Stavenjord v. Corrections Corporation of America et al

Filing 69

ORDER, the reference to the Magistrate Judge is withdrawn as to Defendants' Motion for Summary Judgment; granting in part and denying in part Defendants' 45 Motion for Summary Judgment; the motion is granted as to the claim for injunctive relief and denied in all other respects; before holding a final pretrial conference in this case, the Court will require the parties to participate in a settlement conference with a Magistrate Judge; Magistrate Judge David K Duncan is designated to hold the settlement conference; the conference shall be completed within 60 days; upon completion of the settlement conference, the parties shall file a status report stating whether the case has been resolved; if it has not, the Court will schedule a final pretrial conference, the Court will set a firm trial date at the final pretrial conference. Signed by Judge David G Campbell on 3/15/10.(REW)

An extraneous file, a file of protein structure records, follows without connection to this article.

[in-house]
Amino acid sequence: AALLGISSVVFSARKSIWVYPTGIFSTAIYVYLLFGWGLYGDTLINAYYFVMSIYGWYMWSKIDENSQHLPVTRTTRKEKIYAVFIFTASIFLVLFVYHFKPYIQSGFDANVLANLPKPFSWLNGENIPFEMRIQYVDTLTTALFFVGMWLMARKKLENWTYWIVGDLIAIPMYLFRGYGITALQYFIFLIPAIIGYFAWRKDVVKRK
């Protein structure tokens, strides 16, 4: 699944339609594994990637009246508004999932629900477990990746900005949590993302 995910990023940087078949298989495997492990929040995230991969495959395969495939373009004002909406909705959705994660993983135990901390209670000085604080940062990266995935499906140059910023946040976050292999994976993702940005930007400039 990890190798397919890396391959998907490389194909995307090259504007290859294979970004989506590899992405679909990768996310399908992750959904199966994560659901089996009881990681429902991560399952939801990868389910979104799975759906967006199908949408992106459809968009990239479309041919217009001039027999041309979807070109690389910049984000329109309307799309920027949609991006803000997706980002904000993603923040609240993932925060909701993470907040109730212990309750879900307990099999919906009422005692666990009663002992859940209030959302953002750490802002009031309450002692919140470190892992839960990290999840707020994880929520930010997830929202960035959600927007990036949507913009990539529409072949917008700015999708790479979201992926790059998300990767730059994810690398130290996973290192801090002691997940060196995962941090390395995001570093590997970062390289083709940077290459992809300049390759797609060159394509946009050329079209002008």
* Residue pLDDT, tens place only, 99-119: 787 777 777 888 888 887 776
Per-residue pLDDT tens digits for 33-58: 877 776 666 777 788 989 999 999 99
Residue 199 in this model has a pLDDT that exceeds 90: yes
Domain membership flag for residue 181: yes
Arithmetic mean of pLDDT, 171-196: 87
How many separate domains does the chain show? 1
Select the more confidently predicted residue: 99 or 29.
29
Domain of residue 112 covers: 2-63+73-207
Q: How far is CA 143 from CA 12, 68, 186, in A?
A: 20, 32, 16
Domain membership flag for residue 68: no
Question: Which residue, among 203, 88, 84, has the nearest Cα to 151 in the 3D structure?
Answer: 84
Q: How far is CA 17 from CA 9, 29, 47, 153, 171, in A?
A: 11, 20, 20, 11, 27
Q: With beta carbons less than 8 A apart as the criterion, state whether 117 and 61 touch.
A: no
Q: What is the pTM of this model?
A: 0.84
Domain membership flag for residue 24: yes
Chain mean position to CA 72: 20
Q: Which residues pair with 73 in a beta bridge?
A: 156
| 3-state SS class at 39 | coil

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1 2 3 4 5 6 7 8 9 10 11 12 13 14 15 16 17 18 19 20 21 22 23 24 25 26 27 28 WO SVK IN THE UNITED STATES DISTRICT COURT FOR THE DISTRICT OF ARIZONA ) ) ) Plaintiff, ) ) vs. ) ) Corrections Corporation of America, et al.,) ) ) Defendants. ) ) Paul T. Stavenjord, No. CV 09-0354-PHX-DGC (LOA) ORDER Plaintiff Paul T. Stavenjord, filed this civil rights action against employees of the Corrections Corporation of America (CCA), Red Rock Correctional Center (RRCC) in the Superior Court for the State of Alaska. (Doc. #21.) Defendants--CCA, Warden Bruno Stolc, and Deputy Warden Penny Hart--removed the action to the United States District Court for the District of Alaska, and on February 17, 2009, the Court for the District of Alaska transferred the action to this District. Defendants now move for summary judgment.1 (Doc. #45.) The motion is ready for ruling. (Doc. ##54, 64, 66.) The Court will grant the motion as to the claim for injunctive relief and deny it in all other respects. The Court issued a Notice to Plaintiff pursuant to Rand v. Roland, 154 F.3d 952, 962 (9th Cir. 1998) (en banc), advising him of his obligation to respond. (Doc. #53.) The Court also permitted Plaintiff to supplement his response. (Doc. #57.) 1 1 2 3 4 5 6 7 8 9 10 11 12 13 14 15 16 17 18 19 20 21 22 23 24 25 26 27 28 I. Procedural History and Summary of Motion In his Complaint, Plaintiff alleged that he is a Buddhist monk. On March 11, 2008 Hart posted a memorandum stating that as of April 18, 2008, the prison would be scaling back some religious practices, apparently including the burning of incense.2 Plaintiff alleged that Defendants' conduct of banning outside services, including the ritual burning of incense, violated his rights under the Religious Land Use and Institutionalized Persons Act (RLUIPA). (Doc. #21, Compl. 39.) He further alleged that Defendant violated the Fourteenth Amendment by banning the Buddhist practice of ritual incense while allowing Alaskan Natives to burn ritual incense at their sweat lodge gatherings. (Id. 40.) The Complaint seeks damages and injunctive relief. (Id. 42, 43.) Defendants argue that (1) Plaintiff cannot demonstrate that Defendants placed a substantial burden on his religious exercise; (2) he cannot demonstrate that they violated his rights to equal protection; (3) he is not entitled to punitive damages; and (4) the claim for injunctive relief is moot. (Doc. #45.) II. Legal Standards A. Summary Judgment A court must grant summary judgment if the pleadings and supporting documents, viewed in the light most favorable to the non-moving party, "show that there is no genuine issue as to any material fact and that the movant is entitled to judgment as a matter of law." Fed. R. Civ. P. 56(c); see also Celotex Corp. v. Catrett, 477 U.S. 317, 322-23 (1986). Under summary judgment practice, the moving party bears the initial responsibility of presenting the basis for its motion and identifying those portions of the record, together with affidavits, which it believes demonstrate the absence of a genuine issue of material fact. Celotex, 477 U.S. at 323. If the moving party meets its initial responsibility, the burden then shifts to the opposing party who must demonstrate the existence of a factual dispute and that the fact in The Complaint also refers to "Hart's decision to eliminate the Buddhist service days and with it the practice of burning incense. . . ." (Doc. #21, Compl.) 2 -2- 1 2 3 4 5 6 7 8 9 10 11 12 13 14 15 16 17 18 19 20 21 22 23 24 25 26 27 28 contention is material, i.e., a fact that might affect the outcome of the suit under the governing law, Anderson v. Liberty Lobby, Inc., 477 U.S. 242, 248 (1986), and that the dispute is genuine, i.e., the evidence is such that a reasonable jury could return a verdict for the non-moving party. Id. at 250; see Triton Energy Corp. v. Square D. Co., 68 F.3d 1216, 1221 (9th Cir. 1995). Rule 56(e) compels the non-moving party to "set out specific facts showing a genuine issue for trial" and not to "rely merely on allegations or denials in its own pleading." Fed. R. Civ. P. 56(e); Matsushita Elec. Indus. Co., Ltd. v. Zenith Radio Corp., 475 U.S. 574, 586-87 (1986). The opposing party need not establish a material issue of fact conclusively in its favor; it is sufficient that "the claimed factual dispute be shown to require a jury or judge to resolve the parties' differing versions of the truth at trial." First Nat'l Bank of Arizona v. Cities Serv. Co., 391 U.S. 253, 288-89 (1968). Rule 56(c) mandates the entry of summary judgment against a party who, after adequate time for discovery, fails to make a showing sufficient to establish the existence of an element essential to that party's case and on which the party will bear the burden of proof at trial. Celotex, 477 U.S. at 322-23. When considering a summary judgment motion, the court examines the pleadings, depositions, answers to interrogatories, and admissions on file, together with the affidavits, if any. Fed. R. Civ. P. 56(c). At summary judgment, the judge's function is not to weigh the evidence and determine the truth but to determine whether there is a genuine issue for trial. Anderson, 477 U.S. at 249. The evidence of the non-movant is "to be believed, and all justifiable inferences are to be drawn in his favor." Id. at 255. But, if the evidence of the non-moving party is merely colorable or is not significantly probative, summary judgment may be granted. Id. at 248-49. B. RLUIPA Under RLUIPA, a government may not impose a substantial burden on the religious activities of a confined person unless the government establishes that the burden furthers a "compelling governmental interest" and does so by "the least restrictive means." 42 U.S.C. 2000cc-1(a)(1)-(2). The burden need not concern a religious practice that is compelled by, or central to, a system of religious belief. Id. 2000cc-5(7)(A). The "compelling -3- 1 2 3 4 5 6 7 8 9 10 11 12 13 14 15 16 17 18 19 20 21 22 23 24 25 26 27 28 government interest" and "least restrictive means" test replaced the "legitimate penological interest" test of Turner v. Safley, 482 U.S. 78, 89-91 (1987). Warsoldier v. Woodford, 418 F.3d 989, 994 (9th Cir. 2005) (citing 42 U.S.C. 2000cc-1(a)). Under its own terms, RLUIPA must be "construed broadly in favor of protecting an inmate's right to exercise his religious beliefs." Id. at 995 (citing 42 U.S.C. 2000cc-3(g)). The inmate bears the burden of establishing prima facie that RLUIPA has been violated and that his religious exercise has been substantially burdened. Warsoldier, 418 F.3d at 994 (citing 42 U.S.C. 2000cc-2(b)). The government then bears the burden of proving that the substantial burden on the inmate's religious practice both furthers a compelling governmental interest and is the least restrictive means of doing so. Id. at 995 (citing 42 U.S.C. 2000cc-1(a), 2000cc-2(b)). C. Equal Protection The Fourteenth Amendment Equal Protection Clause requires the State to treat all similarly situated people equally and entitles each prisoner to "a reasonable opportunity of pursuing his faith comparable to the opportunity afforded fellow prisoners who adhere to conventional religious precepts." Shakur v. Schriro, 514 F.3d 878, 891 (9th Cir. 2008) (internal citations omitted). To show a violation under the Equal Protection Clause, a plaintiff must demonstrate that the defendant acted with a discriminatory intent or purpose that was based on the plaintiff's membership in a protected class. Serrano v. Francis, 345 F.3d 1071, 1082 (9th Cir. 2003). He "`must set forth specific facts showing that there is a genuine issue' as to whether he was afforded a reasonable opportunity to pursue his faith as compared to prisoners of other faiths" and that "officials intentionally acted in a discriminatory manner." Freeman v. Arpaio, 125 F.3d 732, 737 (9th Cir. 1997), abrogated on other grounds by Shakur, 514 F.3d at 884-85. The Court must consider whether "the difference between the defendants' treatment of [Plaintiff] and their treatment of [other] inmates is `reasonably related to legitimate penological interests.'" Shakur, 514 F.3d at 891 (citing DeHart v. Horn, 227 F.3d 47, 61 (3rd Cir. 2000)). A mere rational basis for disparate treatment of inmates of different religious faiths is not sufficient. Id. -4- 1 2 3 4 5 6 7 8 9 10 11 12 13 14 15 16 17 18 19 20 21 22 23 24 25 26 27 28 III. Motion for Summary Judgment A. Parties' Contentions 1. Defendants In support of their motion, Defendants submit their Statement of Facts (Doc. #45 (DSOF)); Inmate Commitment Summary (id., Ex. 1); Request to Change Religious preference (id., Ex. 2); memorandum from Warden Stolc, dated March 11, 2008 (id., Ex. 3); affidavit of Warden Stolc (id., Ex. 4, Stolc Aff.); CCA documents entitled "Buddhist Worship Practices," "Asatru Worship Practices," and "Wicccan Worship Practices," (id., Ex. 5); Plaintiff's grievances and responses (id., Ex. 6); memorandum from Warden Stolc, dated November 10, 2008 (id., Ex. 7); and excerpts from Plaintiff's deposition of September 2, 2009 (id., Ex. 8.) Defendants assert that on May 8, 2006, Plaintiff requested that his religious preference be changed from "omni-denominational monastic Zen Muslim" to "non-denominational Buddhist." (DSOF 2.) Before April 18, 2008, inmates of the Buddhist faith were permitted to conduct outside worship services, where they burned incense; however, due to security issues and concerns, Hart issued a memorandum to "concerned inmates" on March 11, 2008, advising that as of April 18, 2008, some of the religious practices would be scaled back, including outside worship and, consequently, the burning of incense. (DSOF 3.) Buddhists were not the only religious group to have their religious practices scaled back. The new restrictions were also imposed on the Asatru and Wiccans, whose outside ceremonies were also disallowed (including no burning of incense). (DSOF 4.) Plaintiff, "a self-proclaimed Buddhist," filed various grievances, complaining that these restrictions banned him from burning incense, which substantially burdened his religious exercise in violation of RLUIPA. (Doc. #45 at 2, DSOF 6.) On October 14, 2008, pursuant to inmate requests, Warden Stolc met with a representative of the Buddhist religion to discuss the worship requirements and items necessary for the inmates to adhere to the tenets of their faith. As a result of that meeting, on November 10, 2008, Stolc, among other things, reinstated outside Buddhist worship, -5- 1 2 3 4 5 6 7 8 9 10 11 12 13 14 15 16 17 18 19 20 21 22 23 24 25 26 27 28 including the burning of incense. (DSOF 7.) Thus, the total amount of time that Plaintiff was unable to burn incense was seven months. (Id.) Defendants argue that Plaintiff has failed to demonstrate that the restriction of burning incense placed a substantial burden on the practice of his religion.3 They assert that although Plaintiff prefers to burn incense, his inability to do so for seven months did not impose a "significantly great restriction or onus" upon his ability to practice his religion. Plaintiff testified that the practice of his religion, including worship, consists of prayer and meditation. Defendants argue that these activities could have been done inside his cell, without burning incense. (DSOF at 8.) Thus, Plaintiff's inability to burn incense did not rise to the level of a "substantial burden." Defendants also argue that Plaintiff's Buddhist beliefs are not sincerely held. Although RLUIPA prevents courts from inquiring into whether a certain belief or practice is "central" to a prisoner's religious beliefs, it does not preclude an inquiry into the sincerity of those beliefs. (Doc. #45 at 4, citing Perkins v. Prisk, 2007 WL 1796238 (W.D. Mich 2007).) Defendants contend that Plaintiff proclaims to be a sincere Buddhist, but admits he could have practiced his religion and worshiped without burning incense and he chose not to and refused to worship, thereby neglecting that aspect of his religion for seven months. (DSOF 9.) As to the Equal Protection claim, Defendants argue that Plaintiff was afforded reasonable opportunities to pursue his faith comparable to fellow prisoners. First, as evidenced by Plaintiff's own testimony, he was able to practice his religion and worship through prayer and meditation. (DSOF 8.) All other comparable religions were likewise banned from burning incense or fire, including Asatru and Wicca. (DSOF 4.) The only group whose outside practice of burning fire and incense was not banned was the Alaskan Natives, who were permitted to have sweat lodges based not on their "religion" but rather on As to a separate claim for banning outside services, Defendants argue that this claim exists only as a result of the claim regarding burning incense because burning incense is only permitted outside. As Plaintiff testified, had he been permitted to burn incense or use fire indoors, his claim regarding not being able to worship outdoors would not exist. (DSOF 6.) 3 -6- 1 2 3 4 5 6 7 8 9 10 11 12 13 14 15 16 17 18 19 20 21 22 23 24 25 26 27 28 their heritage as American Indians and pursuant to the terms and conditions contained in the contract between Alaska and CCA. (DSOF 5.) Regarding relief, Defendants argue that Plaintiff's claim for injunctive relief is moot because he now is permitted to burn incense pursuant to a permanent policy change. (Doc. #45 at 5-6, DSOF 7.) As to damages, Defendants assert that Plaintiff is not seeking compensatory damages; he is seeking punitive damages. (Doc. #45 at 5, DSOF 10.) They argue that the Prisoner Litigation Reform Act (PLRA), 42 U.S.C. 1997e(e), provides that incarcerated prisoners cannot make a claim for mental or emotional injuries suffered while in custody without a prior showing of physical injury and that an inmate cannot make a claim for punitive damages premised on an alleged Fourteenth Amendment violation, where emotional or mental distress is suffered as a result of that violation. (Doc. #45, citing Oliver v. Keller, 289 F.3d 623, 630 (9th Cir. 2002).) 2. Plaintiff In support of his response (Doc. #54), Plaintiff submits his affidavit (Doc. #55); his Statement of Facts (Doc. #64 (PSOF)); and his Statement of Facts disputing DSOF (id.). Plaintiff asserts that he is a Buddhist. He took preliminary vows on April 28, 2006, at Florence Correctional Center. He was accepted for rites of ordination on June 13, 2007, and he was ordained a monk at RRCC on June 22, 2008. (Doc. #55, Pl. Aff. 3, 6, 7.) He asserts that enlightenment is the ultimate goal of Buddhism and that it is his firmly held religious belief that meditation and ritual can lead to enlightenment. (Id. 8, 9.) He alleges that as a Buddhist he completed 14 months in the "Faith Pod" at Florence Correctional Center. (Id. 10.) Plaintiff further asserts that in September 2007, Buddhist inmates at RRCC were granted a small portion of land to be used for outside services--specifically for the burning of incense, which cannot be done indoors due to fire hazard. (Doc. #54 at 11.) In his affidavit, Plaintiff asserts that he was one of two inmates instrumental in securing outside time for the Buddhist services, which would include burning incense, chanting, meditation and prayers. (Doc. #55, Pl. Aff. 12.) The land was also used by Wiccans, Asatru, and -7- 1 2 3 4 5 6 7 8 9 10 11 12 13 14 15 16 17 18 19 20 21 22 23 24 25 26 27 28 those attending the sweat lodge. The Buddhist service was for one hour on Monday, Thursday, and Friday mornings. (Id.) On April 18, 2008, the religious exercise of group worship along with the formal ritual of incense burning was eliminated by the ban imposed by Defendants. (Doc. #64 1.) Plaintiff asserts that the Sangha is the spiritual community for Buddhists, and that to "take refuge in the Sangha" he has vowed to worship in a group setting, if at all possible, to support the Buddhist community, and to pass on the teachings and rituals to the Sangha. (Doc. #54 at 12.) Plaintiff also asserts that the burning of incense is a ritual of offering. (Id. at 11; Pl. Aff 14.) He contends that the Buddhist ritual of offering has a history dating back 2,500 years. The seven traditional offerings are: Water, Flowers, Incense, Light, Perfume, Food, and Music. Incense is used as offerings at formal meditations, worship, and other special events such as refuge ceremonies and ordinations. Incense is offered to Buddha, gods, saints, gurus, teachers, and others deserving the highest respect. (Id.) Perfume cannot be substituted for incense as both are listed as traditional offerings. (Pl. Aff. 15.) Plaintiff alleges that when Defendants eliminated the established Buddhist service time, and with it the ritual use of incense, his vows to worship in accordance with his religious beliefs became impracticable. This was a substantial burden on his religious exercise. (Doc. #54 at 12.) Plaintiff asserts that he did not neglect his practice, but rather made choices to deal with a problem that was a major setback for him. (Pl. Aff. 16.) He also argues that Defendants are not qualified to question the sincerity of his beliefs as they have never inquired into his beliefs.4 (Doc. #54 at 3.) Plaintiff also asserts that when the Buddhist worship service was eliminated, the Alaskan Native sweat lodge was not. (Id. at 9.) Plaintiff compares the Buddhist ceremonies to the sweat lodge ceremonies, asserting that both are spiritual, religious in nature, and use Plaintiff also argues that, as required by RLUIPA, Defendants failed to prove that their ban of the Buddhist practice was in furtherance of a compelling governmental interest or that they actually considered and rejected less restrictive means before the ban. (E.g. Doc. #54 2, 3.) The Court will not summarize or address these arguments because Defendants do not seek summary judgment on these grounds. 4 -8- 1 2 3 4 5 6 7 8 9 10 11 12 13 14 15 16 17 18 19 20 21 22 23 24 25 26 27 28 ritual items, including incense. (Id. at 9-10.) He alleges that the sweat lodge ceremony participants are not only Alaska Natives, "but Whites, Hispanics, Blacks, Asians and also Hawaii'an inmates." (Id. at 9.) Plaintiff asserts that he is entitled to damages because the injury has already occurred--he missed 96 days of Buddhist worship service due to the ban. (Doc. #54 at 10, 14.) He also asserts that he is not claiming mental or emotional distress. (Id. at 14.) Plaintiff concedes that the outside worship and burning of incense was restored. (Id.) He does not address the issue of injunctive relief. 3. Reply Defendants dispute Plaintiff's argument that there is no evidence of a compelling governmental interest for the ban. They assert that the record is undisputed that Buddhist outside worship services were initially removed due to legitimate security concerns, which is a compelling governmental interest. They argue that as a result of discussions with the inmates and a representative of the Buddhist religion, however, the concerns were alleviated and Buddhist outside worship was reinstated. They also contend that this inquiry is not necessary in this case, because Plaintiff fails to demonstrate that the removal of outside worship services placed a substantial burden on his religious exercise. (Doc. #66 at 2.) Defendants argue that even if the burning of incense dates back over 2500 years, this does not mean that Plaintiff's inability to burn incense imposed a "significantly great restriction or onus" upon his ability to practice his religion. (Id. at 3.) Plaintiff attests that "enlightenment is the ultimate goal in Buddhism" and "that meditation and ritual can lead to enlightenment." They argue that Plaintiff has not provided any evidence that burning incense is the only way to enlightenment or the only way to meditate or engage in ritual. They assert that Plaintiff's deposition testimony demonstrates that he could have engaged in both meditation and ritual in his cell during the seven months that outside worship was banned, but, for unknown reasons, he chose not to do so. (Id.) Defendants reassert their question as to Plaintiff's sincerity of belief, arguing that although Plaintiff acknowledges that not all items necessary for religious exercise will be -9- 1 2 3 4 5 6 7 8 9 10 11 12 13 14 15 16 17 18 19 20 21 22 23 24 25 26 27 28 allowed and attests that he "adjusts" and that his "practice [will not] fall[] by the way-side," he nevertheless refused to practice for seven months. (Id. at 3-4; ref. Pl. Aff. 16.) As to the equal protection claim, Defendants argue that Plaintiff confuses equal protection with race discrimination. (Id. at 4.) They assert that an equal protection claim as it relates to religious exercise arises when inmates are not afforded reasonable opportunities to pursue their faith comparable to the opportunities afforded fellow prisoners who adhere to conventional religious precepts. Plaintiff must show that Defendants intentionally acted in a discriminatory manner as it relates to religion, not race. Here, the record demonstrates that Plaintiff was able to practice his religion and worship through prayer and meditation. They reassert their claims that Alaskan Natives were permitted to burn incense outside due to their heritage and terms of the contract between Alaska and CCA and that Plaintiff has not shown otherwise. (Id.) As to injunctive relief, Defendants note that Plaintiff admits that Buddhist worship service has been reinstated. (Id. at 5.) The case-or-controversy requirement demands that, throughout the litigation, the plaintiff must have suffered or be threatened with an actual injury traceable to the defendant and likely to be redressed by a favorable judicial decision. (Id., citing Lewis v. Continental Bank Corp., 494 U.S. 472, 477 (1990).) A suit for injunctive relief is moot when the conduct at issue is terminated. (Id., citing Demery v. Arpaio, 378 F.3d 1020, 1025-26 (9th Cir. 2004); Wiggins v. Rushen, 760 F.2d 1009 (9th Cir. 1985) (when a prisoner is no longer subjected to prison officials' allegedly unconstitutional activity, the complaint for injunctive relief become moot).) Regarding damages, Defendants reassert their arguments under the PLRA. They also contend that Plaintiff has presented no admissible evidence demonstrating that Defendants' initial removal of the Buddhist outside worship was done as a result of anything other than security issues and concerns and that the sweat lodge was permitted to operate due to "heritage and contractual reasons." (Id. at 6.) They conclude that Plaintiff cannot establish that Defendants acted with evil motive or intent, or with reckless or callous indifference to his constitutional rights. (Id. at 7.) - 10 - 1 2 3 4 5 6 7 8 9 10 11 12 13 14 15 16 17 18 19 20 21 22 23 24 25 26 27 28 B. Analysis 1. RLUIPA Claims The Court will deny Defendants' motion as to the claim under RLUIPA. Plaintiff meets his initial burden, and Defendants present little evidence of a compelling interest and no evidence regarding consideration of a less restrictive measure before opting to ban the burning of incense. See Warsoldier, 418 F. 3d at 999. The inmate bears the burden of establishing prima facie that RLUIPA has been violated and that his religious exercise has been substantially burdened. Id. at 994 (citing 42 U.S.C. 2000cc-2(b)). As the Supreme Court has noted, "prison officials may appropriately question whether a prisoner's religiosity . . . is authentic." Cutter v. Wilkinson, 544 U.S. 709, 725 n. 13. Plaintiff has presented evidence that his belief is sincerely held. The factual dispute on this issue precludes summary judgment. The only evidence offered by Defendants on this issue is that at his deposition, in response to the question "for seven months you did not participate in any type of Buddhist worship whatsoever, you let that go by the wayside for seven months," Plaintiff said "Yes." (Doc. #45, Ex. 8, Pl. Dep. 46:11-15.) But Plaintiff's other testimony on this issue is less clear. When asked if he neglected his religion for seven months, he stated "in that aspect" and "if I can't do what I need to do, then I mean without getting a write-up or going to Seg for it, then I can't do it." (Id. 46:18-24.) Defendants' reliance on Perkins, 2007 WL 1796238 (W.D. Mich. 2007), is misplaced. In Perkins, the court held that the defendant was justified in his conclusion that the plaintiff inmate's religious beliefs were not sincere with respect to getting a kosher diet because he had a multifaceted religious background, was attending Roman Catholic services when he asked for a kosher diet, never adhered strictly to Judaism beliefs, and in fact did not seem to have a good grasp of the tenets of Judaism. Id., at *1-2. Here, Plaintiff describes, and Defendants do not dispute, his many activities and participation in his religious faith and community and the significance of burning incense in the exercise of his religion. In - 11 - 1 2 3 4 5 6 7 8 9 10 11 12 13 14 15 16 17 18 19 20 21 22 23 24 25 26 27 28 addition, Defendants allowed Plaintiff to participate in the outdoor service before the ban was imposed and apparently allow him to participate now. Defendants also argue that Plaintiff cannot demonstrate a substantial burden on his religious exercise. The Court must first identify the "religious exercise" allegedly impinged upon. Greene v. Solano County Jail, 513 F.3d 928, 987 (9th Cir. 2008). RLUIPA defines "religious exercise" as "any exercise of religion, whether or not compelled by, or central to, a system of religious belief." Id., citing 42 U.S.C. 2000cc-5(7)(A) (emphasis in Greene). In Greene, the inmate challenged a jail policy of prohibiting maximum-security inmates from participating in group worship. Id. at 984. The district court granted summary judgment, holding that an inability to participate in group worship would not substantially burden the inmate's ability to exercise his religion because he "was not required to act contrary to [his] religious beliefs" and "alternative means for exercising his religion remained available." Id. at 987. The Ninth Circuit rejected a definition of "religious exercise" as the general practice of one's religion rather than a particular practice within one's religion. Id. It reasoned that in Cutter, the Supreme Court noted that, "the `exercise of religion' often involves not only the belief and profession but the performance of . . . physical acts [such as] assembling with others for a worship service [or] participating in sacramental use of bread and wine." Id., citing Cutter, 544 U.S. at 720. The court held that Greene's "religious exercise" was not the ability to practice his religion as a whole, but his ability to engage in group worship. Id. The Ninth Circuit also stated that it "had little difficulty in concluding that an outright ban on a particular religious exercise is a substantial burden on that religious exercise." Id. at 988, citing with approval Meyer v. Teslik, 411 F. Supp. 2d 983, 989 (W.D. Wis. 2006) ("It is difficult to imagine a burden more substantial than banning an individual from engaging in a specific religious practice."). Here, it is somewhat unclear from the record and arguments whether the ban on incense burning and outside services also resulted in a ban on group worship, but Plaintiff does not appear to raise a claim regarding a ban on group services. Nevertheless, under - 12 - 1 2 3 4 5 6 7 8 9 10 11 12 13 14 15 16 17 18 19 20 21 22 23 24 25 26 27 28 Greene and Cutter, Plaintiff's "religious exercise" was the ritual burning of incense as an offering, not the practice of Buddhism as a whole. Defendants' argument that Plaintiff could meditate or pray in his cell thus is irrelevant under RLUIPA. Plaintiff could not burn incense in his cell. As the Ninth Circuit noted, the outright ban on this particular religious exercise was a substantial burden on the religious exercise. See Greene, 513 F. 3d at 988. The Court will deny summary judgment to Defendants on the RLUIPA claim. 2. Equal Protection5 Defendants assert that there was no disparate treatment of different religious faiths because they banned burning of incense by the Asatrus and Wiccans as well as the Buddhists. According to Defendants, comparable religions were treated alike. As to Plaintiff's assertion that Alaskan Natives were still permitted to use the sweat lodge and burn grasses, Defendants claim that this was not based on religion but rather "heritage" and a contract provision between CCA and Alaska. (Doc. #45 at 5.) But in support of this argument, Defendants offer nothing but the conclusory statement of Stolc. (Doc. #45, Stolc Aff. 4.) And even Stolc's affidavit asserts that "[a]ll religions, except Alaska Natives, were no longer permitted to conduct outside ceremonies." (Id. 3.) (emphasis added.) What is more, Ninth Circuit cases that have addressed issues regarding the participation in sweat lodge ceremonies have treated sweat lodges as the practice of religion. See, e.g., Alvarez v. Hill, 518 F.3d 1152, 1155 (9th Cir. 2008); Navajo Nation v. U.S. Forest Service, 535 F.3d 1058, 1068 (9th Cir. 2008); U.S. v. Bruce, 394 F.3d 1215, 1226 (9th Cir. 2005); Henderson v. Terhune, 379 F.3d 709, 714 (9th Cir. 2004). The Court rejects Defendants' claim that all religions were treated comparably. To prevail, then, Defendants must show that the difference between their treatment of Buddhists and their treatment of Alaskan Natives was reasonably related to legitimate penological interests. See Shakur, 514 F.3d at 891. Defendants utterly fail to do so. They provide no analysis under Turner, 482 U.S. at 89. Instead, Defendants offer an alleged The Court will treat Plaintiff's claim as one for denial of equal protection based on disparate treatment of different religious faiths, not race discrimination. 5 - 13 - 1 2 3 4 5 6 7 8 9 10 11 12 13 14 15 16 17 18 19 20 21 22 23 24 25 26 27 28 contract and claims about security concerns, but they fail to produce a copy of the contract and they make only vague arguments about security. Defendants never describe the nature of the security threat or why it did not exist in the sweat lodge, nor do they explain how their concerns were resolved to the point that outside worship could continue. The Court will deny Defendants' motion as to the equal protection claim. 3. Damages The Court disagrees with Defendants' assertion that the PLRA and Oliver, 289 F.3d at 630, bar Plaintiff's damages claims. The PLRA provides that "[n]o Federal civil action may be brought by a prisoner confined in a jail, prison, or other correctional facility, for mental or emotional injury suffered while in custody without a prior showing of physical injury." 42 U.S.C. 1997e(e). This means that a prisoner may not obtain compensatory damages for mental or emotional injury if the "physical injury" is de minimis. Oliver, 289 F.3d at 629. In Oliver, the court noted that the inmates's complaint sought punitive damages and was "consistent with a claim for nominal damages even though they are not expressly requested." Id. at 630, citing Haines v. Kerner, 404 U.S. 519, 520 (1972) (pro se complaints may be construed liberally). The court held that "to the extent that [the inmate] has actionable claims for compensatory, nominal or punitive damages--premised on violations of his Fourteenth Amendment rights, and not on any alleged mental or emotional injuries--we conclude the claims are not barred by 1997e(e)." Id.; see also Canell v. Lightner, 143 F.3d 1210 (9th Cir. 1998) (physical-injury requirement of 1997e(e) does not apply to deprivation of First Amendment rights). Defendants offer no authority to suggest that, as to the PLRA, the Ninth Circuit would treat Plaintiff's RLUIPA claims different from his constitutional claims. Plaintiff in fact asserts that his injury was the loss of his ability to practice an aspect of his religion. Summary judgment on the basis of the PLRA will be denied. The Court also declines to dismiss the claim for punitive damages. Defendants contend that punitive damages are not warranted because the restriction on Plaintiff's worship was based on security concerns, and Alaskan Natives were allowed to continue - 14 - 1 2 3 4 5 6 7 8 9 10 11 12 13 14 15 16 17 18 19 20 21 22 23 24 25 26 27 28 outside services because they were traditional not religious practices and Defendants' contract with Alaska required that the services continue. As noted above, Defendants fail to present probative evidence in support of these contentions. Punitive damages are awarded in the jury's discretion. Smith v. Wade, 461 U.S. 30, 54 (1983). The jury must find either that the defendant acted with an evil motive or demonstrated reckless indifference to the plaintiff's constitutional rights. Id. at 56. The Court cannot determine, on this record, that Plaintiff is not entitled to punitive damages under the recklessness standard. 4. Injunctive Relief The Court will grant the motion as to Defendants' request for summary judgment on injunctive relief. Defendants have restored the outdoor services to Buddhists--and therefore to Plaintiff--and the burning of incense is no longer banned. The evidence shows that the services were restored more than a year ago, and Plaintiff does not allege any further problems with this issue. (Doc. #45, Ex. 7.) The claim for injunctive relief is moot. See Wiggins, 760 F. 2d at 1101. IT IS ORDERED: (1) The reference to the Magistrate Judge is withdrawn as to Defendants' Motion for Summary Judgment (Doc. #45). (2) Defendants' Motion for Summary Judgment (Doc. #45) is granted as to the claim for injunctive relief and denied in all other respects. (3) Before holding a final pretrial conference in this case, the Court will require the parties to participate in a settlement conference with a United States Magistrate Judge. (a) Magistrate Judge David K. Duncan is designated to hold the settlement conference. The conference shall be completed within 60 days of the date of this order. (b) The Court's docket suggests that Plaintiff is currently housed in Alaska. The Court will leave to the Magistrate Judge the decision of how best to conduct the settlement conference, although video conference may be appropriate. - 15 - 1 2 3 4 5 6 7 8 9 10 11 12 13 14 15 16 17 18 19 20 21 22 23 24 25 26 27 28 (c) Upon completion of the settlement conference, the parties shall file a status report stating whether the case has been resolved. If it has not, the Court will schedule a final pretrial conference. The Court will set a firm trial date at the final pretrial conference. DATED this 15th day of March, 2010. - 16 -